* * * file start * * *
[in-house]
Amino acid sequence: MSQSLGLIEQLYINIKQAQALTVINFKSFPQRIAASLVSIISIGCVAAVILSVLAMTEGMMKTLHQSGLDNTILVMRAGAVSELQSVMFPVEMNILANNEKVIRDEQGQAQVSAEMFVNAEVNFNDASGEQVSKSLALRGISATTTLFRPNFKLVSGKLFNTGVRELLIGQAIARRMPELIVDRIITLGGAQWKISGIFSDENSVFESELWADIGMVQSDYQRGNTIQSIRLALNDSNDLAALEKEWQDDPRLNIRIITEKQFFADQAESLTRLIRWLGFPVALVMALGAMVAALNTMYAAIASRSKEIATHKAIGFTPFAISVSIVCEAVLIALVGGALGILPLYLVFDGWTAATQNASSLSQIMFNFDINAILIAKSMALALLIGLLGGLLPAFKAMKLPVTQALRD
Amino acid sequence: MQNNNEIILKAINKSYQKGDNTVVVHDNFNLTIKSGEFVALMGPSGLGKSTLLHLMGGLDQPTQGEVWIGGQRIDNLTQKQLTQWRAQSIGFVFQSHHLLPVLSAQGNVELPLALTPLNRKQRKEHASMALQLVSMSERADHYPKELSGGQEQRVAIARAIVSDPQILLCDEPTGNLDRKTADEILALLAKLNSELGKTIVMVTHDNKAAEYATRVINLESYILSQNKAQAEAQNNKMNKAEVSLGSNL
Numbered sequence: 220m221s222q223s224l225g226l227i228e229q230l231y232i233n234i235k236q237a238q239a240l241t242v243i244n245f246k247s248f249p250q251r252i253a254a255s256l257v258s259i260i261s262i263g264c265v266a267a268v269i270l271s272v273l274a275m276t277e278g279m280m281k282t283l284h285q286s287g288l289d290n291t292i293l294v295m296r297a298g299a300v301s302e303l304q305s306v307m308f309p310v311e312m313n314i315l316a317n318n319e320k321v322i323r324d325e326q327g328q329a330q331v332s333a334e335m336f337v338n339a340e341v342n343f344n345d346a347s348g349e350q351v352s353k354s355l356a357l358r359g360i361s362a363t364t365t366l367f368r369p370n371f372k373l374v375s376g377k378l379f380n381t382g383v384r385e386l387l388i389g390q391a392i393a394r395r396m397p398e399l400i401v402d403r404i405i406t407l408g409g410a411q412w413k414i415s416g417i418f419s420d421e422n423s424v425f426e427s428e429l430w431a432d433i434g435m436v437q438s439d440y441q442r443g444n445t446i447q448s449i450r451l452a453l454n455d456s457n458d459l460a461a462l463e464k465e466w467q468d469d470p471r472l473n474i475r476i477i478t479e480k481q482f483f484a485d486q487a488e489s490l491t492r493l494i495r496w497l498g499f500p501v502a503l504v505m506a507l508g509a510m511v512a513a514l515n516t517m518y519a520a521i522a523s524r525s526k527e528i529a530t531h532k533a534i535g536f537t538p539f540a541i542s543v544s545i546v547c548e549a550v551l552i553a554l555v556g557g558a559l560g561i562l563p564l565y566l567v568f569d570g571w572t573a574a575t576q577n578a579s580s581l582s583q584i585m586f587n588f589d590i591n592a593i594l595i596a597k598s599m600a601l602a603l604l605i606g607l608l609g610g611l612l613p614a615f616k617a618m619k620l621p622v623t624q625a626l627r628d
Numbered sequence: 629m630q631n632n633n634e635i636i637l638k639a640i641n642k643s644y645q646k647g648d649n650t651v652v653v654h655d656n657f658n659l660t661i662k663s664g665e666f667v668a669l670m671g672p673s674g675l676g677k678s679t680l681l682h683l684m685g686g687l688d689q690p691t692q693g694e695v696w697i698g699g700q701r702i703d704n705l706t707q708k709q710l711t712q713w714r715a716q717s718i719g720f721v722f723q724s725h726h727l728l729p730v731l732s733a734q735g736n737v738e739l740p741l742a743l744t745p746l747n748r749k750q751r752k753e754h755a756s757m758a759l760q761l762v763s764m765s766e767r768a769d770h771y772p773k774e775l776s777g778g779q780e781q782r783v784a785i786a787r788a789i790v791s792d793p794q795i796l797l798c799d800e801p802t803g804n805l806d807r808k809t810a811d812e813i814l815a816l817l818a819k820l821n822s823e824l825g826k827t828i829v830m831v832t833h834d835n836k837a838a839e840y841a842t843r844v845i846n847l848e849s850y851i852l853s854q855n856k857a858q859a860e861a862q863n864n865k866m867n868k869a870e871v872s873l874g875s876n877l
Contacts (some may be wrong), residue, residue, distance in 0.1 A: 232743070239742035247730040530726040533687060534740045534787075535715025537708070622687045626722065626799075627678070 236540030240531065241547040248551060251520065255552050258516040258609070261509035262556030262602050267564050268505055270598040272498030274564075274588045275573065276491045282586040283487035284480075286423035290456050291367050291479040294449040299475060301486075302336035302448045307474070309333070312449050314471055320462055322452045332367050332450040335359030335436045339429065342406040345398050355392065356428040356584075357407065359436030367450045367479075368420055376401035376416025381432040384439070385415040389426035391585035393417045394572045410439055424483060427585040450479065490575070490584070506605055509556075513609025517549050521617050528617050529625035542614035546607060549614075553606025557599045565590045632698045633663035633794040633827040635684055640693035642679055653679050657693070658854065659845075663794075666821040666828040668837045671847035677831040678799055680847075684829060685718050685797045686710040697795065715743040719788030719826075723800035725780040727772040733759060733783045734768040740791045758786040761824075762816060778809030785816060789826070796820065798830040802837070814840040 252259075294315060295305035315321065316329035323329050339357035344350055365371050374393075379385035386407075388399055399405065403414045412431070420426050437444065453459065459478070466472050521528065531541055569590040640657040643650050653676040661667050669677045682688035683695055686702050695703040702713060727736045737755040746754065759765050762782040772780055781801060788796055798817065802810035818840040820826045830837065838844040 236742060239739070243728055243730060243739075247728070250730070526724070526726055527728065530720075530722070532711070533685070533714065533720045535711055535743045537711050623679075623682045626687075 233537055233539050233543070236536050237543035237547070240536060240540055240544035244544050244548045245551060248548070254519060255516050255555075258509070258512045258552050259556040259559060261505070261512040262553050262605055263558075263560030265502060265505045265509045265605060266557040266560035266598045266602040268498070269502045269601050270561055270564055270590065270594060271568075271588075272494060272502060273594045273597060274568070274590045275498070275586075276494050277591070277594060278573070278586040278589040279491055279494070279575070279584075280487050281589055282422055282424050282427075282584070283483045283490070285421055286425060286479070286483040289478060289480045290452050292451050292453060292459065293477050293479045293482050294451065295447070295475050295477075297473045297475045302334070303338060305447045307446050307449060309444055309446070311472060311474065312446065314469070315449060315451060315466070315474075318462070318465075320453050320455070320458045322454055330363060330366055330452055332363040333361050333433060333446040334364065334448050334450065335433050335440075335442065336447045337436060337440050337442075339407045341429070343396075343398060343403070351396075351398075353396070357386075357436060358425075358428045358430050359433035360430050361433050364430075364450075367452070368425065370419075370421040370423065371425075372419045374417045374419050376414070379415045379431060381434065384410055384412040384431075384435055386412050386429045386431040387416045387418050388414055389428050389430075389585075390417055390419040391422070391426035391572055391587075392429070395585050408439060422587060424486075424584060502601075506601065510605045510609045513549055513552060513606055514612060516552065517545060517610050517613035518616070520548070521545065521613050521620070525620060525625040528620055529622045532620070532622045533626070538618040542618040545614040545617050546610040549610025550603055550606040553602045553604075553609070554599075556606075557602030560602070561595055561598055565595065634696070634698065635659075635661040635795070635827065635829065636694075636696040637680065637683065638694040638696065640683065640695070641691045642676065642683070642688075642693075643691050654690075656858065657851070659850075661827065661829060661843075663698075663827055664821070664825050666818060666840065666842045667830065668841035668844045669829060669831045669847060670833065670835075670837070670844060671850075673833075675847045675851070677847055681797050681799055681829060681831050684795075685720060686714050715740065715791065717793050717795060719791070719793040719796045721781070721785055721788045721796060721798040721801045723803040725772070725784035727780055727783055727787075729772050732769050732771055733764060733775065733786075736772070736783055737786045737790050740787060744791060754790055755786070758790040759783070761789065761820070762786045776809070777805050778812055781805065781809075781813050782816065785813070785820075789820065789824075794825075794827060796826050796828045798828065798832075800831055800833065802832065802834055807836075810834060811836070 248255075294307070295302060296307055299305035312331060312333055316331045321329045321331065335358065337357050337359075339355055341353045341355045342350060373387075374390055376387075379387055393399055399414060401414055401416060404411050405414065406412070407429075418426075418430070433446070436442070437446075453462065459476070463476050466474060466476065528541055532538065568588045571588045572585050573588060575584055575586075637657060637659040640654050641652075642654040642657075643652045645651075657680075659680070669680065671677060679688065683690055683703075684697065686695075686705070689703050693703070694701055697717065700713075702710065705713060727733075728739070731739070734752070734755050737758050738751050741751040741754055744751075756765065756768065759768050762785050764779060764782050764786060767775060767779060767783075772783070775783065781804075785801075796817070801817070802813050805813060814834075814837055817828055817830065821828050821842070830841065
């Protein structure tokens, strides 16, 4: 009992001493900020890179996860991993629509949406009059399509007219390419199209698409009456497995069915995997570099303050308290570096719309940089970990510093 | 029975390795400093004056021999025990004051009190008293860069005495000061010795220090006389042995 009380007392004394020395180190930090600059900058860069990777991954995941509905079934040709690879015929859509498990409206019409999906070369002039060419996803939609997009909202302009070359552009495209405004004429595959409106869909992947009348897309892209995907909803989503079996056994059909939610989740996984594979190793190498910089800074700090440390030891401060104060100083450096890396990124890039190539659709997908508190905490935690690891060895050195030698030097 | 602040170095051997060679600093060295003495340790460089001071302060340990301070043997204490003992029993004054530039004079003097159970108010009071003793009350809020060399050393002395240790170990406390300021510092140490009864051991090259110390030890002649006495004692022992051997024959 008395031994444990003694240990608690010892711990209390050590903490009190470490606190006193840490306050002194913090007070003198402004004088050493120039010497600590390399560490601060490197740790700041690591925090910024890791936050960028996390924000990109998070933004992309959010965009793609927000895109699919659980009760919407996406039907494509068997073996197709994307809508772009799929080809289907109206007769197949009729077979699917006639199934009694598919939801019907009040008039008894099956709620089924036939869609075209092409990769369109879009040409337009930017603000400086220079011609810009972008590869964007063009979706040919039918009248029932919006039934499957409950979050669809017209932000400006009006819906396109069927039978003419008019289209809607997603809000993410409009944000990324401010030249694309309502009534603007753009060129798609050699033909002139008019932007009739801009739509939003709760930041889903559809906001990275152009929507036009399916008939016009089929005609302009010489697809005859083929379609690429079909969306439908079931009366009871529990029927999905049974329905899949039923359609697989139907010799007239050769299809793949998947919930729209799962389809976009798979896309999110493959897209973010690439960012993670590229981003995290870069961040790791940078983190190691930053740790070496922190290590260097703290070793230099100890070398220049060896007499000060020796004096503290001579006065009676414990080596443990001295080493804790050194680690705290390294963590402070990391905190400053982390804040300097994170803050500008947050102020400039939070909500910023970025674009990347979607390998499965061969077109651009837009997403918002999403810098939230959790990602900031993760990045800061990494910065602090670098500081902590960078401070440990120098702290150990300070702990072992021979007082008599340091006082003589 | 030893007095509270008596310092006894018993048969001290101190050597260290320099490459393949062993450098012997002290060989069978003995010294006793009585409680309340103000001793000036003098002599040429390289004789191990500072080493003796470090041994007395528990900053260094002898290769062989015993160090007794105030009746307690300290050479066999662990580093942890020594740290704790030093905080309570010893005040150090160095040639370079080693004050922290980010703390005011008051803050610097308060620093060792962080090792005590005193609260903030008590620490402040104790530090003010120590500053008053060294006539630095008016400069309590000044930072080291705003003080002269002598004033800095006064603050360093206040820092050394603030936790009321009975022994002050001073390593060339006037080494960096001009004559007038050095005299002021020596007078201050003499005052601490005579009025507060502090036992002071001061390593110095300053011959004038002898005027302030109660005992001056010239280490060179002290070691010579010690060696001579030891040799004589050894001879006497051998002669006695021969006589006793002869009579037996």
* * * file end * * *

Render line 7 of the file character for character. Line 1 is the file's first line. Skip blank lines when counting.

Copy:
């Protein structure tokens, strides 16, 4: 009992001493900020890179996860991993629509949406009059399509007219390419199209698409009456497995069915995997570099303050308290570096719309940089970990510093 | 029975390795400093004056021999025990004051009190008293860069005495000061010795220090006389042995 009380007392004394020395180190930090600059900058860069990777991954995941509905079934040709690879015929859509498990409206019409999906070369002039060419996803939609997009909202302009070359552009495209405004004429595959409106869909992947009348897309892209995907909803989503079996056994059909939610989740996984594979190793190498910089800074700090440390030891401060104060100083450096890396990124890039190539659709997908508190905490935690690891060895050195030698030097 | 602040170095051997060679600093060295003495340790460089001071302060340990301070043997204490003992029993004054530039004079003097159970108010009071003793009350809020060399050393002395240790170990406390300021510092140490009864051991090259110390030890002649006495004692022992051997024959 008395031994444990003694240990608690010892711990209390050590903490009190470490606190006193840490306050002194913090007070003198402004004088050493120039010497600590390399560490601060490197740790700041690591925090910024890791936050960028996390924000990109998070933004992309959010965009793609927000895109699919659980009760919407996406039907494509068997073996197709994307809508772009799929080809289907109206007769197949009729077979699917006639199934009694598919939801019907009040008039008894099956709620089924036939869609075209092409990769369109879009040409337009930017603000400086220079011609810009972008590869964007063009979706040919039918009248029932919006039934499957409950979050669809017209932000400006009006819906396109069927039978003419008019289209809607997603809000993410409009944000990324401010030249694309309502009534603007753009060129798609050699033909002139008019932007009739801009739509939003709760930041889903559809906001990275152009929507036009399916008939016009089929005609302009010489697809005859083929379609690429079909969306439908079931009366009871529990029927999905049974329905899949039923359609697989139907010799007239050769299809793949998947919930729209799962389809976009798979896309999110493959897209973010690439960012993670590229981003995290870069961040790791940078983190190691930053740790070496922190290590260097703290070793230099100890070398220049060896007499000060020796004096503290001579006065009676414990080596443990001295080493804790050194680690705290390294963590402070990391905190400053982390804040300097994170803050500008947050102020400039939070909500910023970025674009990347979607390998499965061969077109651009837009997403918002999403810098939230959790990602900031993760990045800061990494910065602090670098500081902590960078401070440990120098702290150990300070702990072992021979007082008599340091006082003589 | 030893007095509270008596310092006894018993048969001290101190050597260290320099490459393949062993450098012997002290060989069978003995010294006793009585409680309340103000001793000036003098002599040429390289004789191990500072080493003796470090041994007395528990900053260094002898290769062989015993160090007794105030009746307690300290050479066999662990580093942890020594740290704790030093905080309570010893005040150090160095040639370079080693004050922290980010703390005011008051803050610097308060620093060792962080090792005590005193609260903030008590620490402040104790530090003010120590500053008053060294006539630095008016400069309590000044930072080291705003003080002269002598004033800095006064603050360093206040820092050394603030936790009321009975022994002050001073390593060339006037080494960096001009004559007038050095005299002021020596007078201050003499005052601490005579009025507060502090036992002071001061390593110095300053011959004038002898005027302030109660005992001056010239280490060179002290070691010579010690060696001579030891040799004589050894001879006497051998002669006695021969006589006793002869009579037996």